Since many Dharma teachers
have yet to embody the Dharma fully,
why imagine that they can never let you down?
The first guideline of the Four Reliances in Buddhism reminds us to ‘Rely on the message of the teacher, not on the personality’. An alternative translation says ‘Do not rely on the individual, but on the Dharma.’ While this might seem like common sense, it is indeed easy to unmindfully develop attachment to a teacher by the power of charisma, as expressed through the way one talks and acts. Often, looks are not even in the picture. When this happens, one unknowing comes to see that teacher as the embodiment of one’s spiritual refuge. That person becomes the one who resembles the Buddha the most (according to one’s limited imagination), the Dharma in the flesh, and the best member of the Sangha. This is not necessarily a bad thing – especially in the Vajrayana tradition, where one is supposed to see one’s teacher to personify the Triple Gem. However, guru devotion is not meant to become guru attachment.
Khenchen Thrangu Rinpoche comments, ‘However, faith in one’s guru does not mean blind faith. It does not mean believing “My guru is perfect,” even though your guru is not perfect. It is not pretending that your guru’s defects are qualities. It is not rationalizing every foible of the guru into a superhumane virtue. After all, most gurus will have defects. You need to recognize them for what they are. You don’t have to pretend that your guru’s defects are qualities, because the object of your devotion is not the foibles, quirks, or defects of your guru, but the Dharma that your guru teaches you. You are not practicing the guru’s foibles. As long as the Dharma you receive is authentic and pure, then that guru is a fit object for your devotion [unless of course, the devotion feeds his/her delusions and harms others].’ It is clear that the Dharma is truly the central refuge in the Threefold Refuge of the Triple Gem.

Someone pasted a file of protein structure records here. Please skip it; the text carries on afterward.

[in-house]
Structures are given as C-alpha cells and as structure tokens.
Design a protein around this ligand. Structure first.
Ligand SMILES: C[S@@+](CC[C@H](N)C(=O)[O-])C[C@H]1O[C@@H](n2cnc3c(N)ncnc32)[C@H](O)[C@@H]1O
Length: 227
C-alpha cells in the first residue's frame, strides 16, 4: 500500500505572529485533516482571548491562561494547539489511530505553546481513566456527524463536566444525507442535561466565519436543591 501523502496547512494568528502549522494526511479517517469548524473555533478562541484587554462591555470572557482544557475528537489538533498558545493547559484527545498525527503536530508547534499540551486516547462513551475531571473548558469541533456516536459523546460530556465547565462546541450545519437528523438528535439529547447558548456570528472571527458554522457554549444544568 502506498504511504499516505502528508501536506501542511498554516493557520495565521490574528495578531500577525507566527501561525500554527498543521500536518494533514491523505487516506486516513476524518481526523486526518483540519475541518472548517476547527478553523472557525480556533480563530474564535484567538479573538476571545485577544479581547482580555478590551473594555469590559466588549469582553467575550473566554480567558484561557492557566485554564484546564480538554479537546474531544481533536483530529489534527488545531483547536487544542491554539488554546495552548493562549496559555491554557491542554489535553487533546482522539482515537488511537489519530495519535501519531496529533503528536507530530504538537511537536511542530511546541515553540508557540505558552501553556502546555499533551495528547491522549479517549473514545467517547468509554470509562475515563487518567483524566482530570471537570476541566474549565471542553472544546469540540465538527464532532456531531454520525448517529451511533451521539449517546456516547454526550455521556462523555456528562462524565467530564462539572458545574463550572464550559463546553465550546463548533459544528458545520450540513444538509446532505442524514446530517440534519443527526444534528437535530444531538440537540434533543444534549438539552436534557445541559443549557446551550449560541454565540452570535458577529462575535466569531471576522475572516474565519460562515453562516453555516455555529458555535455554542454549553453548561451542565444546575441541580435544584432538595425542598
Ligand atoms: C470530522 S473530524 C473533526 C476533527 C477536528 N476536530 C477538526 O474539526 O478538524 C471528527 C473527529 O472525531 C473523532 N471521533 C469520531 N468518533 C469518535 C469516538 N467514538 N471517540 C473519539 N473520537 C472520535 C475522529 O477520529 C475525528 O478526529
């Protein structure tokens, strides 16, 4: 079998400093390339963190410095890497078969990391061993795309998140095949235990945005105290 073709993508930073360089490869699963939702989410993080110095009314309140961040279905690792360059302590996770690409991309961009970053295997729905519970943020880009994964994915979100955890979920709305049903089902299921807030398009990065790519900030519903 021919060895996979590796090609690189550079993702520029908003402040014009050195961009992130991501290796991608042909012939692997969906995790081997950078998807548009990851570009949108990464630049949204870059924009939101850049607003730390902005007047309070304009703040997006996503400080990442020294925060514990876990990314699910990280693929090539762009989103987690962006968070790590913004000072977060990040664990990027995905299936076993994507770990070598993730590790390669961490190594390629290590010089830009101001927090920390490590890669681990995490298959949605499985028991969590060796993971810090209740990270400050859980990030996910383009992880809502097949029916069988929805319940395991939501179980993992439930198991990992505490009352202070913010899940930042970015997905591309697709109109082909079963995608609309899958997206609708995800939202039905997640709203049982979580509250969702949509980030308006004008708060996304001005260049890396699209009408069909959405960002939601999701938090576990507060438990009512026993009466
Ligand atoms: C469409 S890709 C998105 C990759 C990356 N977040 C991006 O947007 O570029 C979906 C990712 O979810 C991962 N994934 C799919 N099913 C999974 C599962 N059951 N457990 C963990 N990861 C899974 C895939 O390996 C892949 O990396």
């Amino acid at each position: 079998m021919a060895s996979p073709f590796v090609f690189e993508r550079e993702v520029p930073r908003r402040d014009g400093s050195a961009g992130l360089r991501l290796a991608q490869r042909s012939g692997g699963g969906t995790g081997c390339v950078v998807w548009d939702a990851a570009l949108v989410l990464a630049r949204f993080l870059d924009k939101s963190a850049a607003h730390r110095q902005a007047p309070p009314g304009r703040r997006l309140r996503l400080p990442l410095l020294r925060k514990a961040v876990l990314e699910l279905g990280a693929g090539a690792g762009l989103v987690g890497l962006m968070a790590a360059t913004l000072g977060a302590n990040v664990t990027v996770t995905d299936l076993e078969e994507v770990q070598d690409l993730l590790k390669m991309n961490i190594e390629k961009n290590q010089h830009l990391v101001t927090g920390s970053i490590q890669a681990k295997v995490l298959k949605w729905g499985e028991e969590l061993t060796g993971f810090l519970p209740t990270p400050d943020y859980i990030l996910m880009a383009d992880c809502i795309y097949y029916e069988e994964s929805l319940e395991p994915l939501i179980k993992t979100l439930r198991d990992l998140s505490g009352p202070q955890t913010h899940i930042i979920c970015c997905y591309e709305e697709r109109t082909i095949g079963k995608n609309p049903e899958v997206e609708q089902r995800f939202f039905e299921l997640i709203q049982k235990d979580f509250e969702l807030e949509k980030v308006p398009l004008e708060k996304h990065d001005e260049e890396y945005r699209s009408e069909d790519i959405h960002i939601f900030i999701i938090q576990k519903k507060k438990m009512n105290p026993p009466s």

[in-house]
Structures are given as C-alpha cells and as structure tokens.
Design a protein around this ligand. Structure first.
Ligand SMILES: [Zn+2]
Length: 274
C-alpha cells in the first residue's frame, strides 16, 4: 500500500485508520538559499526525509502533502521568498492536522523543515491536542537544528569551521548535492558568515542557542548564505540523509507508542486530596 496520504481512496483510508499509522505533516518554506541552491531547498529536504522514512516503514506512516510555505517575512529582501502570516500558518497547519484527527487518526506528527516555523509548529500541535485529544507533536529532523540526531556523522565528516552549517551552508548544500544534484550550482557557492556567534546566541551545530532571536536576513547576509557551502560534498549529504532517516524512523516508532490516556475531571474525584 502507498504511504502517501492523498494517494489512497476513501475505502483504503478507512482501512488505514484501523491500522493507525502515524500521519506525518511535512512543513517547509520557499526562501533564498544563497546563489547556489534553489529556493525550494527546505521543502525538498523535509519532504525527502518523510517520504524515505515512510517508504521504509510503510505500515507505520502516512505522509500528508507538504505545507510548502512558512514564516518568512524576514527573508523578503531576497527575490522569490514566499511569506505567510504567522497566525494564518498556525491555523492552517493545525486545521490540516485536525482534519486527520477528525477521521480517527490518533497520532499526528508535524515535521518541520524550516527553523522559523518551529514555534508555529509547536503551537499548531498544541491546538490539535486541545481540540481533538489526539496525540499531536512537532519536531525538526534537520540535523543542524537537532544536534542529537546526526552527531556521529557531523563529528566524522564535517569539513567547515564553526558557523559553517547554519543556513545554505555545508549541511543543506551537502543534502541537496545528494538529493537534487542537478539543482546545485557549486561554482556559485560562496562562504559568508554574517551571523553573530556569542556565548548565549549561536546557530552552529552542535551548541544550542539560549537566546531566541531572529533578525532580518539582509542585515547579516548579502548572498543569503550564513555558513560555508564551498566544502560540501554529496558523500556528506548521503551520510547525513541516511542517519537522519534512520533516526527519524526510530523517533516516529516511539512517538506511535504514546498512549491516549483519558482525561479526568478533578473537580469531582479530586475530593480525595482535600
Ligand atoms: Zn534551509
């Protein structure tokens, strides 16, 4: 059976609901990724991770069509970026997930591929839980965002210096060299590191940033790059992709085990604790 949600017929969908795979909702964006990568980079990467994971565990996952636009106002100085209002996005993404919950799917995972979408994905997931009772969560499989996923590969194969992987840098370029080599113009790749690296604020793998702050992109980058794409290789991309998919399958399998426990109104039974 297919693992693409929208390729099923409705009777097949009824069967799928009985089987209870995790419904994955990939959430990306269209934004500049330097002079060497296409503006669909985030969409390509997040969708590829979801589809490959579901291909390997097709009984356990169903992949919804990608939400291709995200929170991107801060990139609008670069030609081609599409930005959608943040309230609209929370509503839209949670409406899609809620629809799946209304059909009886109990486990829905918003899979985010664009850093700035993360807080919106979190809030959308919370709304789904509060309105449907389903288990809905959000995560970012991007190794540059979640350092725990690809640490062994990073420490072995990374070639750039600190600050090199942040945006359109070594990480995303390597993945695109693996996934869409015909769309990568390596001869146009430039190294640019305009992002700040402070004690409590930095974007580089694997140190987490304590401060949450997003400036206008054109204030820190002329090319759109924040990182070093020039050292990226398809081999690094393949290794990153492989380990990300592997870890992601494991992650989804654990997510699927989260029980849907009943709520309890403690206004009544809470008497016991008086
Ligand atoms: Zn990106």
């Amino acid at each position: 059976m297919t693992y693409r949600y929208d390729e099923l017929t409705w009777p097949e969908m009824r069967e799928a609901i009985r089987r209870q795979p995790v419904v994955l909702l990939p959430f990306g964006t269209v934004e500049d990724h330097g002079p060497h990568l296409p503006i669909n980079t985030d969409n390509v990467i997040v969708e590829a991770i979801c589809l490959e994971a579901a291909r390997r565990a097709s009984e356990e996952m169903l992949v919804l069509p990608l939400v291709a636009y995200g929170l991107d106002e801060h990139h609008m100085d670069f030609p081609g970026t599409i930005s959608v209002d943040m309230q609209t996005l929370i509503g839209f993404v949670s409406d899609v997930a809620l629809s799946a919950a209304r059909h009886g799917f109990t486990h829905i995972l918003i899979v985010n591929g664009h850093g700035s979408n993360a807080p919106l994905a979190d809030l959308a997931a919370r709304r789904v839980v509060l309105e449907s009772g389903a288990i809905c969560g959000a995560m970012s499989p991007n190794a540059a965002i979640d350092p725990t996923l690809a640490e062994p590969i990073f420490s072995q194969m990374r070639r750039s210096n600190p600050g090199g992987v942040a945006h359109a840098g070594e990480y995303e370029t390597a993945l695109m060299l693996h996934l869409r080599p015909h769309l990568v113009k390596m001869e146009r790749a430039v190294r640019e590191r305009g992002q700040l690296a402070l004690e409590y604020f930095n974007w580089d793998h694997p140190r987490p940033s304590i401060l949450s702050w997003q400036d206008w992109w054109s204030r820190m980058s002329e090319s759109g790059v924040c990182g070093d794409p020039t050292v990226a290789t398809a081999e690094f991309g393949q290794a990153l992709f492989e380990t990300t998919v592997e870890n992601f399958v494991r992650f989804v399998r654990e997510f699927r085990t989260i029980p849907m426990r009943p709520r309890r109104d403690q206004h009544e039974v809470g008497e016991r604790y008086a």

Even if one takes the ‘fourth refuge’ in the guru, the Dharma s/he teaches or represents is the essence of that worth taking refuge in. The Dharma is core for both teachers and students – that which they attempt to live up to. It is their ultimate reference point for truth and moral compass. As John Peacock put it, ‘It is the Dharma that is above all. If the Dharma is not the central issue, then we are perhaps looking at the cult of personality. A good teacher will always put the Dharma first.’ Indeed, one of the easiest ways to detect teachers of questionable integrity is by noting how loud their egos are in shouting for attention via various deeds, including the display of so-called special powers, much of which are sleight-of-hand tricks and mind games. They also never tire of devotees addressing them as their ‘supreme’ masters. Well, they have to be the ‘best’, and your ‘only way’ to ‘salvation’. If not, they would lose you as a potential follower! (See specially selected articles on Dharma teachers at http://moonpointer.com/new/2009/11/13-articles-on-dharma-teachers.)
Since the Dharma is about nothing
other than ultimate Truth and goodness,
the Dharma can never let anyone down.